7:25 PM  
Blogger Mark said...

Yes, Yes and Yes, but with the understanding that the ends never justify the means.

That may seem like a contradiction, but I don't think it is. In the situation where a man has a gun to a child's head you are presented with a choice. For reasons beyond your control, you have the ability choose which of the two dies. Theoretically this sounds like a case of the ends justifying the means, but at a gut level we all can tell it is not. The two events are tightly bound.

But killing someone because he might kill in the future has no such tight binding and is not justified. The variety of options are too plentiful and the knowledge of the future too limited.

6:04 PM  
Blogger Mol said...

To Forsety and Ash, re: killing a human to save animals being justified means killing animals to save humans is justified:
While I see what you're trying to get at, the two situations aren't analogous. In the first, you are killing a specific human who is directly threatening the life of a specific animal: it isn't killing someone for the 'greater good', it is stopping a murder from happening. In the other, you're taking innocent creatures who haven't acted to cause death, and trying to say that it is justified to take innocent life to save other, unrelated lives.
Maybe that's an argument you want to make! It could be a valid argument in its own right, but it isn't an applicable argument to this situation.
If Person A mugged me on the street and was about to kill me, I would feel justified in using force against him: this fact in no way means there would be justification to turn to some completely innocent, unrelated Person B, and use force against them to save the life of some other person who Person B had never ever harmed.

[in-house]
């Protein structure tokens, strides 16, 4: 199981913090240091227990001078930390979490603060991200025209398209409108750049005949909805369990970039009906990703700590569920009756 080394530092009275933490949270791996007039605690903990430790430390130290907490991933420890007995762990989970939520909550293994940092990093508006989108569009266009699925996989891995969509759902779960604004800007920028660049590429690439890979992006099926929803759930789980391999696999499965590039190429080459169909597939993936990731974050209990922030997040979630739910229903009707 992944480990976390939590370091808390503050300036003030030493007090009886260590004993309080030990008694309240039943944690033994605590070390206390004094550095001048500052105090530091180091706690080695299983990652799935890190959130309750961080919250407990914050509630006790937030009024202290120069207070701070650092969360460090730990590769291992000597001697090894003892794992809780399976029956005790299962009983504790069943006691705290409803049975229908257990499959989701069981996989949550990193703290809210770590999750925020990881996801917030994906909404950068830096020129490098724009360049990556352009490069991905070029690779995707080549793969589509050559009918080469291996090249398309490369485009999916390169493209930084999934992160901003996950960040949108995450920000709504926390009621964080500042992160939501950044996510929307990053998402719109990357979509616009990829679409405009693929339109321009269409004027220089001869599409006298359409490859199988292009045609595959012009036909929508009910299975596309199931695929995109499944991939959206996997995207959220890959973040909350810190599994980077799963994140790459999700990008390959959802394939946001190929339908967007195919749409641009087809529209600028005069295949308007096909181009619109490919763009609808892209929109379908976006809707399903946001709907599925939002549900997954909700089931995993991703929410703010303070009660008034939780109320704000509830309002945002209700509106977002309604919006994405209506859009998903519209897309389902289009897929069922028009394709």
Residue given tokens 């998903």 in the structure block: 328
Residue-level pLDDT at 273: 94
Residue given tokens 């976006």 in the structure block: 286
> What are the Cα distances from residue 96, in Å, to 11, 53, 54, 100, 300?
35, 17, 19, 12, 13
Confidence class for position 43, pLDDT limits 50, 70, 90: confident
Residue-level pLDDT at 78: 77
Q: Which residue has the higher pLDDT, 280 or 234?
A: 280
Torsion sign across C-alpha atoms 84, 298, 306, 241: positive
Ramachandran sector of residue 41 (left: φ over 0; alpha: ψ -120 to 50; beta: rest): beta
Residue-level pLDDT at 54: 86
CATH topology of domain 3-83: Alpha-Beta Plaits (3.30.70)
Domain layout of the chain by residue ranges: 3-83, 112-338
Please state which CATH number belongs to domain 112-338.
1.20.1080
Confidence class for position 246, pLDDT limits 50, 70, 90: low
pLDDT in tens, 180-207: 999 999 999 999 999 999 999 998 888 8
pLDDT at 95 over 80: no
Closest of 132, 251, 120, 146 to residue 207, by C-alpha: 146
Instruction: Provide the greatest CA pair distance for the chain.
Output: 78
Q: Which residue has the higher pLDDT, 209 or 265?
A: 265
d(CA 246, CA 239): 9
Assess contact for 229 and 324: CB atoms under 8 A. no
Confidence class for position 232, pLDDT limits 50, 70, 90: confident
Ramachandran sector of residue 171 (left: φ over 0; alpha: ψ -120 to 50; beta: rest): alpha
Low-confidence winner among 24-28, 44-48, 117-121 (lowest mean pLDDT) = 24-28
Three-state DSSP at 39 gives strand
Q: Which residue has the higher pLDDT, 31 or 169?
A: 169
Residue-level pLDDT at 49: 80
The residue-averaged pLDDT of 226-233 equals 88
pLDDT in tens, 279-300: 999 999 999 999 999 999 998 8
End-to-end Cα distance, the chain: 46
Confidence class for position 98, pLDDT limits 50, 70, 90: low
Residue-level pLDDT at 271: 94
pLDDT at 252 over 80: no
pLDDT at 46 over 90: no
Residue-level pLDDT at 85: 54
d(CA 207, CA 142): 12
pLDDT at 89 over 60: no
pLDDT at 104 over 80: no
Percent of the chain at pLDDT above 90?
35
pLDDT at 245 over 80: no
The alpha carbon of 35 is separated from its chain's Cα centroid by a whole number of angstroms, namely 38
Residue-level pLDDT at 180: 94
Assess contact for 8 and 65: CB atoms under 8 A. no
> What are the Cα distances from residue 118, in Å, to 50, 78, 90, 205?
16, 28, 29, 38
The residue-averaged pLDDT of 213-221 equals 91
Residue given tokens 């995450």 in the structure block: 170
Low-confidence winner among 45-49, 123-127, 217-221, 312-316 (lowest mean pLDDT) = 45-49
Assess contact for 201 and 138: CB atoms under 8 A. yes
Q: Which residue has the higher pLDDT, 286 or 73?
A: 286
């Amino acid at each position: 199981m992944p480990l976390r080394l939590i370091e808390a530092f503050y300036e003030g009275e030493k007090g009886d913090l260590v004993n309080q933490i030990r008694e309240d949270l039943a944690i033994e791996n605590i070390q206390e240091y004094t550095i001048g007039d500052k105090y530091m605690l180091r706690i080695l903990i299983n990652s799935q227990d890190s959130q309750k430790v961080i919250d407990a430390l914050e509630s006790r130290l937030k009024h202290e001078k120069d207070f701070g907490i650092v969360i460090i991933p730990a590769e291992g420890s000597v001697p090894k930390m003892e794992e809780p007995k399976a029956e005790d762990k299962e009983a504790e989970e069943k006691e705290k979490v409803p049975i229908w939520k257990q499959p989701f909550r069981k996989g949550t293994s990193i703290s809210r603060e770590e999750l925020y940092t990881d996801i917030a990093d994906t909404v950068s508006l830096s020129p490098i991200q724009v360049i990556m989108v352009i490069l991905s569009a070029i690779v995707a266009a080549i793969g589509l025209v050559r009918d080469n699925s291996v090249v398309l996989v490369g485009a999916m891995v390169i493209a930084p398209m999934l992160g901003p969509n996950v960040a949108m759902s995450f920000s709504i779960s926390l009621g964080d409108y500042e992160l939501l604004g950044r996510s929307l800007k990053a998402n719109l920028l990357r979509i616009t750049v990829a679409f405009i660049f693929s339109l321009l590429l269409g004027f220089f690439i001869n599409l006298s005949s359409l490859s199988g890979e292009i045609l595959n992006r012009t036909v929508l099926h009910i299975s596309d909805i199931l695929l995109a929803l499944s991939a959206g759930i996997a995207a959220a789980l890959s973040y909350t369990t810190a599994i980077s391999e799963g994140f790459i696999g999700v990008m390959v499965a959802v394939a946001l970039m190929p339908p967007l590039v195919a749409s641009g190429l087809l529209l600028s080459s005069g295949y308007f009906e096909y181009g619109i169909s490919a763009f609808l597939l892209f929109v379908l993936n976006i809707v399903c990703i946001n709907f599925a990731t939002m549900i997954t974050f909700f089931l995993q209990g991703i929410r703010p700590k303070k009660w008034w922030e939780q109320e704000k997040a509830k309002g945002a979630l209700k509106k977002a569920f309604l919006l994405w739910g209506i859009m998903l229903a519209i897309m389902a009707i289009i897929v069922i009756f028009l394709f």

As to my own opinions, I didn't give them because I didn't have them to give. Part of me feels that of course it is justified to use force to prevent a murder. I suppose the part of me that thinks this is a bad idea is the part of me that is considering the good of the cause rather than the good of the individual animals in question: for the individual beagle who is saved from getting tortured and killed, a great good has been done, but acts of violence against human animals, even in the defense of nonhuman animals, are not viewed favorably by the speciesist majority who views the latter as not as deserving of life as the former.
I'll put it this way: if someone came into my house and was about to stab my ferret, you'd better believe I'd beat them bloody to protect her, if necessary. I don't view harming people who are harming animals in other circumstances (laboratories, factory farms, etc.) as intrinsically any less justified. But in the latter case, it becomes an action, for better or for worse, that is on behalf of a movement. As uncomfortable as moral relativity can be, I guess my mind is still split over the question of what course of action, ultimately, would do the most good for animals as a whole. I'm not sure that violent direct action is a good answer.

1:24 PM